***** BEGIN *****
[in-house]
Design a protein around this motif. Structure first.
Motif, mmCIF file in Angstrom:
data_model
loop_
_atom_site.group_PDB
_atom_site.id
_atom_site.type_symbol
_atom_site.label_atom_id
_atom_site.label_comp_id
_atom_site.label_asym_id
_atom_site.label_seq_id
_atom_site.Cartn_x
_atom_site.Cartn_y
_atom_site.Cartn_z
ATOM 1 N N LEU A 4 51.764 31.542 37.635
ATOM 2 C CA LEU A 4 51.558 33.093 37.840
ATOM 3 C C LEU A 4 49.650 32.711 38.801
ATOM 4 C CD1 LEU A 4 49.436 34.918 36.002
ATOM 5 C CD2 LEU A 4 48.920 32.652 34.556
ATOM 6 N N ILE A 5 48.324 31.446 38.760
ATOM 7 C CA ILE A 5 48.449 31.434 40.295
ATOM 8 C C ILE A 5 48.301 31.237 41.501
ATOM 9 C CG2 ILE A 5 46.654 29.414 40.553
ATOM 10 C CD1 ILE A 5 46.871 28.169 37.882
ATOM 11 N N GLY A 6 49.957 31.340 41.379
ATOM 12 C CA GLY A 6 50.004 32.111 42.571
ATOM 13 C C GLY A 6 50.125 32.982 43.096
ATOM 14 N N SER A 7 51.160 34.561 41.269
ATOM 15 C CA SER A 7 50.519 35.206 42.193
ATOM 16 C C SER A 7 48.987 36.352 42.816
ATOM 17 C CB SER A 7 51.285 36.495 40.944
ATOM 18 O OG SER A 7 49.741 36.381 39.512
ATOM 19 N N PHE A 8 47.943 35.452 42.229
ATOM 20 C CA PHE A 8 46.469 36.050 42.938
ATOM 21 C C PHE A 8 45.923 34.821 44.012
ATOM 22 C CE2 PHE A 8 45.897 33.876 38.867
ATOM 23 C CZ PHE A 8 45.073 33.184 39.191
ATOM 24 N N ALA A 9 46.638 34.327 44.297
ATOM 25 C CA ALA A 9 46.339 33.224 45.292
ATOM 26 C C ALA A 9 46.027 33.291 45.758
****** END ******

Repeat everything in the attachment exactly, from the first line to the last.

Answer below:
[in-house]
Design a protein around this motif. Structure first.
Motif, mmCIF file in Angstrom:
data_model
loop_
_atom_site.group_PDB
_atom_site.id
_atom_site.type_symbol
_atom_site.label_atom_id
_atom_site.label_comp_id
_atom_site.label_asym_id
_atom_site.label_seq_id
_atom_site.Cartn_x
_atom_site.Cartn_y
_atom_site.Cartn_z
ATOM 1 N N LEU A 4 51.764 31.542 37.635
ATOM 2 C CA LEU A 4 51.558 33.093 37.840
ATOM 3 C C LEU A 4 49.650 32.711 38.801
ATOM 4 C CD1 LEU A 4 49.436 34.918 36.002
ATOM 5 C CD2 LEU A 4 48.920 32.652 34.556
ATOM 6 N N ILE A 5 48.324 31.446 38.760
ATOM 7 C CA ILE A 5 48.449 31.434 40.295
ATOM 8 C C ILE A 5 48.301 31.237 41.501
ATOM 9 C CG2 ILE A 5 46.654 29.414 40.553
ATOM 10 C CD1 ILE A 5 46.871 28.169 37.882
ATOM 11 N N GLY A 6 49.957 31.340 41.379
ATOM 12 C CA GLY A 6 50.004 32.111 42.571
ATOM 13 C C GLY A 6 50.125 32.982 43.096
ATOM 14 N N SER A 7 51.160 34.561 41.269
ATOM 15 C CA SER A 7 50.519 35.206 42.193
ATOM 16 C C SER A 7 48.987 36.352 42.816
ATOM 17 C CB SER A 7 51.285 36.495 40.944
ATOM 18 O OG SER A 7 49.741 36.381 39.512
ATOM 19 N N PHE A 8 47.943 35.452 42.229
ATOM 20 C CA PHE A 8 46.469 36.050 42.938
ATOM 21 C C PHE A 8 45.923 34.821 44.012
ATOM 22 C CE2 PHE A 8 45.897 33.876 38.867
ATOM 23 C CZ PHE A 8 45.073 33.184 39.191
ATOM 24 N N ALA A 9 46.638 34.327 44.297
ATOM 25 C CA ALA A 9 46.339 33.224 45.292
ATOM 26 C C ALA A 9 46.027 33.291 45.758